Moody Little Things, Aren’t They?


Not having spent a lot of time with children before I had my own, I am continually surprised by their emotional complexity.

 With a day that goes: eat, play, watch SpongeBob, mix, and repeat, you’d think you could produce a pretty consistently satisfied little customer. But I have drastically underestimated the inner world of a five-year old. Mine, who has always been on the sensitive side (goodness knows who he got that from) has regular, deeply painful, emotional crises.

During the most recent of these, after a day of inexplicable moodiness and madly frustrating bouts of sudden tears, we were able to extract, piece by painful piece, the latest question walloping his brain. And these crises do wallop him – as he describes them: “my thoughts are beating each other up and I don’t know how to make the voices stop!” Oh, my stricken mother heart. The subject of this junior existential crisis is his stuffed monkey, Oo-oo, a baby gift that has gone with him everywhere he’s been since he became mobile. He tells us that he’s decided, as a boy who’s starting kindergarten in the fall, that he is too old for his monkey. One side of his brain is convinced he must “dis-adopt” Oo-oo to a younger cousin. However, the on other side of his brain is a little boy who adores his monkey. We reassure him that he is not too old to have a stuffie – Mummy, in fact, still has hers – a homemade frayed unidentifiable sock-monster thingie – but he insists he is. We ask if another child (or grown-up) has made a disparaging comment about his monkey; he assures us they have not. We suggest putting Oo-oo on a shelf, under a bed, sending him on a holiday to Grandma’s – something less drastic than giving him away. None of these are acceptable options, Oo-oo must go. But when we tentatively suggest potential cousins who could possibly foster Oo-oo, the storms of tears worsen. The poor bunny actually bangs his head with palms of his hands in frustration. My husband, not for the first time, stays my hand from speed-dialing a child psychologist.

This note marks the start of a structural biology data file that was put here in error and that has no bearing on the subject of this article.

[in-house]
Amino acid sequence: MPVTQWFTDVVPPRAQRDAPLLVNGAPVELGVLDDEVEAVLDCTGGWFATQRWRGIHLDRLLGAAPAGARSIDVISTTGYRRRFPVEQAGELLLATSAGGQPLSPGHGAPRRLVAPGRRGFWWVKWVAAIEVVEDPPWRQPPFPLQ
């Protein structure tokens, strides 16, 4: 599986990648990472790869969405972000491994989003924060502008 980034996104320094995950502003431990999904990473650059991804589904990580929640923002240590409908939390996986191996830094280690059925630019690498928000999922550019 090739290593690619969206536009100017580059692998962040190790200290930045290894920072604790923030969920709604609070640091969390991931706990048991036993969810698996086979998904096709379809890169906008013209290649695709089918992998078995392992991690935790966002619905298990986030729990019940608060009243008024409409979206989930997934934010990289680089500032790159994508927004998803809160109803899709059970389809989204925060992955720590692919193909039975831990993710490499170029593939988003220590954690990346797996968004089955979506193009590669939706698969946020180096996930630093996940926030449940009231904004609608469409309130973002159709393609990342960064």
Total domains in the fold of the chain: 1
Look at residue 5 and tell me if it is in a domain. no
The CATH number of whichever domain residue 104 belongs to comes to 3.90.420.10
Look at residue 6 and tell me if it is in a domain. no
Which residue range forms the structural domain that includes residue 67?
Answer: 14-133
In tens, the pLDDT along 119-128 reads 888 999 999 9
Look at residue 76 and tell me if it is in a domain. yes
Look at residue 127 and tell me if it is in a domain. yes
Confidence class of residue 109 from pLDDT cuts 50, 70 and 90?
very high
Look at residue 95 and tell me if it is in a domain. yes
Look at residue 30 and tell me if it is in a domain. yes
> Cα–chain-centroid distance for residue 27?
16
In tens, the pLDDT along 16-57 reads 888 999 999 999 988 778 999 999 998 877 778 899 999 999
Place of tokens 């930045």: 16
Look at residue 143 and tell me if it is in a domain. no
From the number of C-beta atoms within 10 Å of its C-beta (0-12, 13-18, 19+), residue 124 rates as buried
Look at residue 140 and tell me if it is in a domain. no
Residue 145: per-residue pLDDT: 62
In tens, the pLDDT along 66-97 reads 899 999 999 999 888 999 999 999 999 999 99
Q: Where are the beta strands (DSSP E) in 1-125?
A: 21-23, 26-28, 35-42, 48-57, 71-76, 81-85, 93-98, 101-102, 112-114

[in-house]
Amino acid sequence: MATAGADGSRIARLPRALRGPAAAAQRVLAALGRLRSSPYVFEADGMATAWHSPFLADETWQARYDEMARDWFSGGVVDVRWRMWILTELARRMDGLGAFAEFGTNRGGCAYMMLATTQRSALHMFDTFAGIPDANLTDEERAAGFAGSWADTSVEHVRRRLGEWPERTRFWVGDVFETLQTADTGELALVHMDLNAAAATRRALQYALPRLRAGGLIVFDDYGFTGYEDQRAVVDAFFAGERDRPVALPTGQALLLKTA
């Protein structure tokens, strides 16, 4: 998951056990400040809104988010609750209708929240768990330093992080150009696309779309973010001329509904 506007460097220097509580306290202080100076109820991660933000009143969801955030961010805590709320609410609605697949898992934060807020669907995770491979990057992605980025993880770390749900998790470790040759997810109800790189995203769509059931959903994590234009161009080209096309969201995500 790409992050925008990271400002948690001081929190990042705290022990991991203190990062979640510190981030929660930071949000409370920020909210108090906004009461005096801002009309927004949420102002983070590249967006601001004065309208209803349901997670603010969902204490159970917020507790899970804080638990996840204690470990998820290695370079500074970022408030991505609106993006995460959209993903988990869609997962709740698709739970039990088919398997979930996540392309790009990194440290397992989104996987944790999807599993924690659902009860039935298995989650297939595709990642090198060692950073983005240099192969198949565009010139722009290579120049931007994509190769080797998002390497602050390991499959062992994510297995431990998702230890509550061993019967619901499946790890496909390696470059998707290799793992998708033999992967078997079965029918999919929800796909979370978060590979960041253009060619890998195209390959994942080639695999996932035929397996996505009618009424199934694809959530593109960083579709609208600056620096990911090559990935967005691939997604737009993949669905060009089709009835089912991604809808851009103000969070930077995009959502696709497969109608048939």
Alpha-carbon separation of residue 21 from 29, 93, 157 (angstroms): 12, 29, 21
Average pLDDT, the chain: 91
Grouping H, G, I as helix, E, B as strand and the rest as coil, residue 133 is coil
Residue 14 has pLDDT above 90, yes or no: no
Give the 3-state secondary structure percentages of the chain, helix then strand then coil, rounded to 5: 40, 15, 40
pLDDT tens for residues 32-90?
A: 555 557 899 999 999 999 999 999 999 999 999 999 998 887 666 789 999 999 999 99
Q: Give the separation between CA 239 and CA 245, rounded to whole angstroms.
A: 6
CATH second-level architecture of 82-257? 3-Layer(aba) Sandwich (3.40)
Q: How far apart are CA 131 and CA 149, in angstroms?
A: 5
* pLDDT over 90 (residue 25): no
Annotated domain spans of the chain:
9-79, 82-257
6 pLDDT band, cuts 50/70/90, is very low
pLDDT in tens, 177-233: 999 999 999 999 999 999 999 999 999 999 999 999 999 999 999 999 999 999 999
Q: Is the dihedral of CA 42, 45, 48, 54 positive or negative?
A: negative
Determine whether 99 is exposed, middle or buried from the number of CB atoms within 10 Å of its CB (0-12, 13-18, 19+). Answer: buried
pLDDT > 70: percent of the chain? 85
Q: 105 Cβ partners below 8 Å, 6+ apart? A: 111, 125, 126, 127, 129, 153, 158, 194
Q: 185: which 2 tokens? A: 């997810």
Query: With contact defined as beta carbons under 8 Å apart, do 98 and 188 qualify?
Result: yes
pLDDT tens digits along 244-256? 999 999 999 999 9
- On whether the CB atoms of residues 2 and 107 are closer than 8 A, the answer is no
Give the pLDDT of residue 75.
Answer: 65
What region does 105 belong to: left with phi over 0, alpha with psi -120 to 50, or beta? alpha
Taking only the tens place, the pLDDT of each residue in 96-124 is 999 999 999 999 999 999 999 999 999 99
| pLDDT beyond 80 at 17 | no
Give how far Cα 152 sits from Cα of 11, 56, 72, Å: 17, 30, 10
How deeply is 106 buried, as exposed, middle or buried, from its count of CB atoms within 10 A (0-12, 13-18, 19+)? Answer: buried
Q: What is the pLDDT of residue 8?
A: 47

Finally, My husband tells Jack that he, Daddy, is not ready to say good-bye to Oo-oo after nearly six years. Oo-oo has a big place in his own heart, and he asks if he could keep Oo-oo in his room for a while longer. And here we reach some sort of peace. But I know the next crisis is around the corner, and I don’t know that I’m any more prepared.

Who knew children came complete with multi-dimensional little psyches? And how is a mother to cope??